The House on the Forest’s Edge

She’s lived in this house as long as she can remember. Longer, maybe. The old stone walls enfold her like a silken egg sac. Every morning she opens the window to let in the woodland breeze, and every evening she closes it to keep the shadows out. She reckons she has watched ten thousand thousand sunsets through that window, but she stopped counting a while ago. There is a broom in her hand: dried straw bound by twine to an old branch. The peeling bark scintillates between her fingers. She imagines she has swept a quantity of dust and rocks off the front steps to account for the disappearance of a small moon, passed slowly through a colossal grinder. Though she lacks evidence that this had occurred. She sweeps every day, in case someone visits her. No one has visited her for as long as she can remember.

Through the many risings and settings of the sun, she has replaced almost every part of the house. Her wooden porch chair started to rot, maybe from moisture, and flickered away to nothing. She built a new one from the wood of fallen trees. There are many fallen trees around her house, though she has never seen one fall. The bricks of the fireplace crumbled to dust like dried blood, which she swept out with her broom. The next day she dug a pit in the floor, a hollow in the dirt where flames can strive against the winter’s chill and die holding one another atop their ashes. The glass of the window was broken by a shadow, and she bound many young branches into slats for shutters. When they are closed, the house seems to regard the forest with the slumbery gaze of a many-eyed insect striving to remain awake through some long, long vigil.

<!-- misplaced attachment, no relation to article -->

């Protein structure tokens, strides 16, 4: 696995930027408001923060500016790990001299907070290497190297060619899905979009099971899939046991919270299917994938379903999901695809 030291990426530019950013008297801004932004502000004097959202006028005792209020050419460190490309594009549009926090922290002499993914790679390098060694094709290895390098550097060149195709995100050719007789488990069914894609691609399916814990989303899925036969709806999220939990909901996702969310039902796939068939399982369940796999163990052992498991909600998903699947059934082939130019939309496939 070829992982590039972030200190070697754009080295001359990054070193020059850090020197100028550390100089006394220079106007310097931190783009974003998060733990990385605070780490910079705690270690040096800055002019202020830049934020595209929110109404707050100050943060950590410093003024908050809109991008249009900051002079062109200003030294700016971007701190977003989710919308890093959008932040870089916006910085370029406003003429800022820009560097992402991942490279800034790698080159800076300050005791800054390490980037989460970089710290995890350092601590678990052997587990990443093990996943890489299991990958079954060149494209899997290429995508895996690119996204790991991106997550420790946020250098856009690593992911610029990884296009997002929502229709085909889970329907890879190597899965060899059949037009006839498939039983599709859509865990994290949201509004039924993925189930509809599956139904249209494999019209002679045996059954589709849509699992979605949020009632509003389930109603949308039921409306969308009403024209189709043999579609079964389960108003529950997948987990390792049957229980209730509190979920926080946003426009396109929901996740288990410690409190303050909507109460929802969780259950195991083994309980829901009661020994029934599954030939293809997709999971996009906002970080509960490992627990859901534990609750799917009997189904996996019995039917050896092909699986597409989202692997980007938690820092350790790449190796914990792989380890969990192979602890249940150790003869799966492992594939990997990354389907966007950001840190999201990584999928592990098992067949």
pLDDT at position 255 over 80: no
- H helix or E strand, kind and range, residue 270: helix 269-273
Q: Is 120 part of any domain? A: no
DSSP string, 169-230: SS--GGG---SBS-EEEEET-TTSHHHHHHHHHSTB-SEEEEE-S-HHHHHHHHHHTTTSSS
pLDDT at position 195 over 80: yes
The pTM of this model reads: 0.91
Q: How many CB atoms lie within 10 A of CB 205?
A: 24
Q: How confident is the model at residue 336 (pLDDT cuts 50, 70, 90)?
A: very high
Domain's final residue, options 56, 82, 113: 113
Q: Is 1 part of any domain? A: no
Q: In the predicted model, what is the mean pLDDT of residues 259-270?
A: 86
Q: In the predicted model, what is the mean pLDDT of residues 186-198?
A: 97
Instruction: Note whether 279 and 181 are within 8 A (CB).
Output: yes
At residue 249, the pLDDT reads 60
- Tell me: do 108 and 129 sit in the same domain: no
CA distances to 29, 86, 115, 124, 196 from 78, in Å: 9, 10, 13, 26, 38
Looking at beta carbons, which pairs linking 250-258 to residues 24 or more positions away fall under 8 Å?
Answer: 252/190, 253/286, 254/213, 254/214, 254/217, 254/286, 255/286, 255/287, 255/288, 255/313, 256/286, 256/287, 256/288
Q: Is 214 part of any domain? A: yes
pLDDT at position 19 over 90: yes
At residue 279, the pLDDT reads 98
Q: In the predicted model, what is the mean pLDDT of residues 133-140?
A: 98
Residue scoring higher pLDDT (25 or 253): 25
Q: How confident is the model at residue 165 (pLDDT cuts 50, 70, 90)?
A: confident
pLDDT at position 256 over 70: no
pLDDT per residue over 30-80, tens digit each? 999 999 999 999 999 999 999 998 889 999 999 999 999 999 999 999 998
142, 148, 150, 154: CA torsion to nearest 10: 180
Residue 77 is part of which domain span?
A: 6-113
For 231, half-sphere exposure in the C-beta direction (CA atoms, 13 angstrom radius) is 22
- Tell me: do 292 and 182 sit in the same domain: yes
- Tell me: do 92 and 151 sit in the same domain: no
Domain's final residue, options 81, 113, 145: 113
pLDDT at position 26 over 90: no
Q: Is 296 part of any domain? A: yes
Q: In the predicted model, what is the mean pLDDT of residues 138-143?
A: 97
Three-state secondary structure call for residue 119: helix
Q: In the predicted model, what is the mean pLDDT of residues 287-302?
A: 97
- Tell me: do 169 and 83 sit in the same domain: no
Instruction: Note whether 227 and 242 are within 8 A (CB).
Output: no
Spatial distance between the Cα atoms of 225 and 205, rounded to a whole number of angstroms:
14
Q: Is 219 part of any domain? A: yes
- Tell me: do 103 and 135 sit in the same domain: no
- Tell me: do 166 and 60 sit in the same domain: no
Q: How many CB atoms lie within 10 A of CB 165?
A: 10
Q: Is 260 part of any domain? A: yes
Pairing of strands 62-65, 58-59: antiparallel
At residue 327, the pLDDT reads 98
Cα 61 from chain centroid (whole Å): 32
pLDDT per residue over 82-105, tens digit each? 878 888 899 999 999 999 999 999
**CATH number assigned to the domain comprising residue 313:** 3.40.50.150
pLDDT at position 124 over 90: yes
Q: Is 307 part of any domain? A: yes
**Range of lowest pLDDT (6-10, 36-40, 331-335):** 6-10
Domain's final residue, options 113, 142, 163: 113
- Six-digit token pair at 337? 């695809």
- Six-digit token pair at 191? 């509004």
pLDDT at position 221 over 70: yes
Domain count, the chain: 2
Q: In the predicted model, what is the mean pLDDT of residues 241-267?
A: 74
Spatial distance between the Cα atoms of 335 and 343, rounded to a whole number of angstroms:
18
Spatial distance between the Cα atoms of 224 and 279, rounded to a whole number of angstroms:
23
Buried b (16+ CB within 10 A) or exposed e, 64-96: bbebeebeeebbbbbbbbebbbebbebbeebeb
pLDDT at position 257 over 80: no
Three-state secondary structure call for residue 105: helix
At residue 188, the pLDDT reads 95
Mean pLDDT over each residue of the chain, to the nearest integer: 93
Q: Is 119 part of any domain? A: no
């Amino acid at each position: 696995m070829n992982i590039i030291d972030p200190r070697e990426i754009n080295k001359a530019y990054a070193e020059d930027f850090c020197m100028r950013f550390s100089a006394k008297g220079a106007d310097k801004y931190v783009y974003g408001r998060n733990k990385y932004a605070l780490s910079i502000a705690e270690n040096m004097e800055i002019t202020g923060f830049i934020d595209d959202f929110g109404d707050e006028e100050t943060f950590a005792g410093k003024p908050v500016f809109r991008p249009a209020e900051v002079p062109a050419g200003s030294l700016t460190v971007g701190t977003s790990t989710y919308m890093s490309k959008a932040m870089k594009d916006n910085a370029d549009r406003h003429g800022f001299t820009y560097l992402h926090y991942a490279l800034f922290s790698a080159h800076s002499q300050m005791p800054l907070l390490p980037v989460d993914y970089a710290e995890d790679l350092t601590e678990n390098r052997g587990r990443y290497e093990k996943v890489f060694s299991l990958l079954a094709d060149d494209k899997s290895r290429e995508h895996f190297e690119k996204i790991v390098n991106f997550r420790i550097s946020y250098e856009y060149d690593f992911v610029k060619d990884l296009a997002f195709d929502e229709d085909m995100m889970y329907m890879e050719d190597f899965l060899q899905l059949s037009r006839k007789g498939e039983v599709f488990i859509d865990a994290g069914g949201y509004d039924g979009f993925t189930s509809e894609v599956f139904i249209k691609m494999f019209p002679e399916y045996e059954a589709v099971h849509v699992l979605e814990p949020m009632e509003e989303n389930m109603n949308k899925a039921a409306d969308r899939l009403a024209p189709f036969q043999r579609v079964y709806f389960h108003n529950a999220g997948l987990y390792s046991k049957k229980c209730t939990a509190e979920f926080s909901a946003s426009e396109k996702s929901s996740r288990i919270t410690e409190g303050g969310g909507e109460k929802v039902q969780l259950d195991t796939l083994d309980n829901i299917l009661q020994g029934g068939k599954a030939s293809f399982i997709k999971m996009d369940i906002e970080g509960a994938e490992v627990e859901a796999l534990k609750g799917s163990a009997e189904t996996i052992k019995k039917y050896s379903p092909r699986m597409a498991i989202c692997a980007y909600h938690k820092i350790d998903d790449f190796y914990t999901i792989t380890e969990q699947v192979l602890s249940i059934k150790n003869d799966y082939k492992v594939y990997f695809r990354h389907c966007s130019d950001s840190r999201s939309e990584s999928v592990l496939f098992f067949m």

The only part of the house she has not replaced are the old stone walls. These have darkened with age. In her earliest memories the bricks are white-gray like the bellies of fish dripping and gasping in a rising net. Now they are the color of raw charcoal, lichened through with filaments of acerbic green that shimmers in the starlight. In times of change and upheaval she thinks upon these walls and the matrix of rocks that compose them. There are no answers for her.

In truth, they are older than the forest around them, older than the air that flows through the slats on misty evenings. They are older than the dust beneath them and the sun that warms them, warms the landscape-universe whose center is the house and its owner. In a way, they are the creator of these things: a manifestation of an instruction, an unmoored sonnet carving through the trackless ice of data.

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